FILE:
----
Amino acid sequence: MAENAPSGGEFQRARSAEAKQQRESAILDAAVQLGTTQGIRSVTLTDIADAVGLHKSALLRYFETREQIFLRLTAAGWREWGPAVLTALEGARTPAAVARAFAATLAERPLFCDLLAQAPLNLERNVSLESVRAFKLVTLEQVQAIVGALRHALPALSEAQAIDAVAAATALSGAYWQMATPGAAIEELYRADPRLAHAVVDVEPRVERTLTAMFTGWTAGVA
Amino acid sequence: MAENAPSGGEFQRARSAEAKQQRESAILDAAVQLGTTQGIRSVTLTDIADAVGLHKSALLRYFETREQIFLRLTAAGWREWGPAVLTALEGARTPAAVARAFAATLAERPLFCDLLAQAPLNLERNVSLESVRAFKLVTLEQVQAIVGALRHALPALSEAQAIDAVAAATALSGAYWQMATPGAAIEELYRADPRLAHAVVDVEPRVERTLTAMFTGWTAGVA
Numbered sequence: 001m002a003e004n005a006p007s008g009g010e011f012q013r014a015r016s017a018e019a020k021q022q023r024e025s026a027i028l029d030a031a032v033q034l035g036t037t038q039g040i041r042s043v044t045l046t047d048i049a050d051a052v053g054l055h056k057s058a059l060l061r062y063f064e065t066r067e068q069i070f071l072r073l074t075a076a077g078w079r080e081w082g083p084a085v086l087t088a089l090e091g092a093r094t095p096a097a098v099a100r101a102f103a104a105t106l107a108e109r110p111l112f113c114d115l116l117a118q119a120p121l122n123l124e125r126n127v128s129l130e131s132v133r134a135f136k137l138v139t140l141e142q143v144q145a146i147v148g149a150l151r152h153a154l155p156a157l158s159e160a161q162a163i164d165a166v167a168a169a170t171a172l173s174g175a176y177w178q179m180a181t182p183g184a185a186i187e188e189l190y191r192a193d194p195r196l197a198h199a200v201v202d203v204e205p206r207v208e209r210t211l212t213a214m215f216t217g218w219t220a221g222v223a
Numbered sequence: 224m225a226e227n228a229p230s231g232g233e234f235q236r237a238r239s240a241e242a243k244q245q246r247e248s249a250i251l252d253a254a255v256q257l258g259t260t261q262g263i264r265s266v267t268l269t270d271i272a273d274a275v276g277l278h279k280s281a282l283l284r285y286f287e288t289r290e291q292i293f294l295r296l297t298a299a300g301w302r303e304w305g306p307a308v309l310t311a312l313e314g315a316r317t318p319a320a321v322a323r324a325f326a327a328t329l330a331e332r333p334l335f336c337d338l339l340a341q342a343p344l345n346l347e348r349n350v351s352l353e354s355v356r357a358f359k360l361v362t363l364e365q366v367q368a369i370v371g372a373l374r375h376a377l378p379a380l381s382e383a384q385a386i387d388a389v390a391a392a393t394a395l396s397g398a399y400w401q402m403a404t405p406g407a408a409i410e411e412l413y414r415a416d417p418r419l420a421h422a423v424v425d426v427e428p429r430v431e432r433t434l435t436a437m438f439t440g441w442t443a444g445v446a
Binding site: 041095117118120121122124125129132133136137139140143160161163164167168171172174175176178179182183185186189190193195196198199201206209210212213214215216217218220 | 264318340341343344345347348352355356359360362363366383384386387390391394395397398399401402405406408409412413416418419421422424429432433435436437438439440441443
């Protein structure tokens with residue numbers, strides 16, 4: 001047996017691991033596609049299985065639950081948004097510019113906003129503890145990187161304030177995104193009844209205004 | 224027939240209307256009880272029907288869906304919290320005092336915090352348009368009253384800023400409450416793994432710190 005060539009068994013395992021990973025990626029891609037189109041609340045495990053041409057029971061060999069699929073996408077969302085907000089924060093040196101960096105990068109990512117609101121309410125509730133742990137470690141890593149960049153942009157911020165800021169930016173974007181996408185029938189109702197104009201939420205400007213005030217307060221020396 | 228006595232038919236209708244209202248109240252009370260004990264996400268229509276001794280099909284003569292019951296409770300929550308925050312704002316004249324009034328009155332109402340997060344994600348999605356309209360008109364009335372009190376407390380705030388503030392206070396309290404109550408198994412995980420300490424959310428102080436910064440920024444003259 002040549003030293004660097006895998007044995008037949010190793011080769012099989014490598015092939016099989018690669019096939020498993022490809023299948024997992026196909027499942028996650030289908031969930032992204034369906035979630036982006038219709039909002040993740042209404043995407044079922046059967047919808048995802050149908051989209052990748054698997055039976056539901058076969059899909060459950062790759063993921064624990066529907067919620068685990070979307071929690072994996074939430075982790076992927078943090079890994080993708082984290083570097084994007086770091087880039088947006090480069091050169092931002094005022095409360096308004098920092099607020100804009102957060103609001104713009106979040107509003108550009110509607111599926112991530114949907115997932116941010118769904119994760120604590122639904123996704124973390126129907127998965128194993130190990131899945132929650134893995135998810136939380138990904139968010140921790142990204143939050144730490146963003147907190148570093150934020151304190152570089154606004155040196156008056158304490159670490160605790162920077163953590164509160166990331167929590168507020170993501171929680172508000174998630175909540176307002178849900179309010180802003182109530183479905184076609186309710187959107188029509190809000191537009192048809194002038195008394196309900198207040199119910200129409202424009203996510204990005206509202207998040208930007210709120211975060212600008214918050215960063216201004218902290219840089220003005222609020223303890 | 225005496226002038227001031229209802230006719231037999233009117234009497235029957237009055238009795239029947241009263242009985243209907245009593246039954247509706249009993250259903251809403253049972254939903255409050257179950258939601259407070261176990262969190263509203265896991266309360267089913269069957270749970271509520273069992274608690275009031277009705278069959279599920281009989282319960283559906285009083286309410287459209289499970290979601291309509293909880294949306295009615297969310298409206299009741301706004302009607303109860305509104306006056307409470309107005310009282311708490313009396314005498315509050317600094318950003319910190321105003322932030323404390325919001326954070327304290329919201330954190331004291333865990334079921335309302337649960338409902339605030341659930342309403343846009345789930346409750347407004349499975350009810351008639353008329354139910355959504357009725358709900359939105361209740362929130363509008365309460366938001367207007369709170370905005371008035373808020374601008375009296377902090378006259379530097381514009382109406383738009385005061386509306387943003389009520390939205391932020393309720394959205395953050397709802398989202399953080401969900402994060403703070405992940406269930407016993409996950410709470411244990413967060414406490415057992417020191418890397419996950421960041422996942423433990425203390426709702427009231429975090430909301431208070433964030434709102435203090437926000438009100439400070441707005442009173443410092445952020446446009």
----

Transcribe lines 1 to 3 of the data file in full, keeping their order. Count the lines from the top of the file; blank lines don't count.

Amino acid sequence: MAENAPSGGEFQRARSAEAKQQRESAILDAAVQLGTTQGIRSVTLTDIADAVGLHKSALLRYFETREQIFLRLTAAGWREWGPAVLTALEGARTPAAVARAFAATLAERPLFCDLLAQAPLNLERNVSLESVRAFKLVTLEQVQAIVGALRHALPALSEAQAIDAVAAATALSGAYWQMATPGAAIEELYRADPRLAHAVVDVEPRVERTLTAMFTGWTAGVA
Amino acid sequence: MAENAPSGGEFQRARSAEAKQQRESAILDAAVQLGTTQGIRSVTLTDIADAVGLHKSALLRYFETREQIFLRLTAAGWREWGPAVLTALEGARTPAAVARAFAATLAERPLFCDLLAQAPLNLERNVSLESVRAFKLVTLEQVQAIVGALRHALPALSEAQAIDAVAAATALSGAYWQMATPGAAIEELYRADPRLAHAVVDVEPRVERTLTAMFTGWTAGVA
Numbered sequence: 001m002a003e004n005a006p007s008g009g010e011f012q013r014a015r016s017a018e019a020k021q022q023r024e025s026a027i028l029d030a031a032v033q034l035g036t037t038q039g040i041r042s043v044t045l046t047d048i049a050d051a052v053g054l055h056k057s058a059l060l061r062y063f064e065t066r067e068q069i070f071l072r073l074t075a076a077g078w079r080e081w082g083p084a085v086l087t088a089l090e091g092a093r094t095p096a097a098v099a100r101a102f103a104a105t106l107a108e109r110p111l112f113c114d115l116l117a118q119a120p121l122n123l124e125r126n127v128s129l130e131s132v133r134a135f136k137l138v139t140l141e142q143v144q145a146i147v148g149a150l151r152h153a154l155p156a157l158s159e160a161q162a163i164d165a166v167a168a169a170t171a172l173s174g175a176y177w178q179m180a181t182p183g184a185a186i187e188e189l190y191r192a193d194p195r196l197a198h199a200v201v202d203v204e205p206r207v208e209r210t211l212t213a214m215f216t217g218w219t220a221g222v223a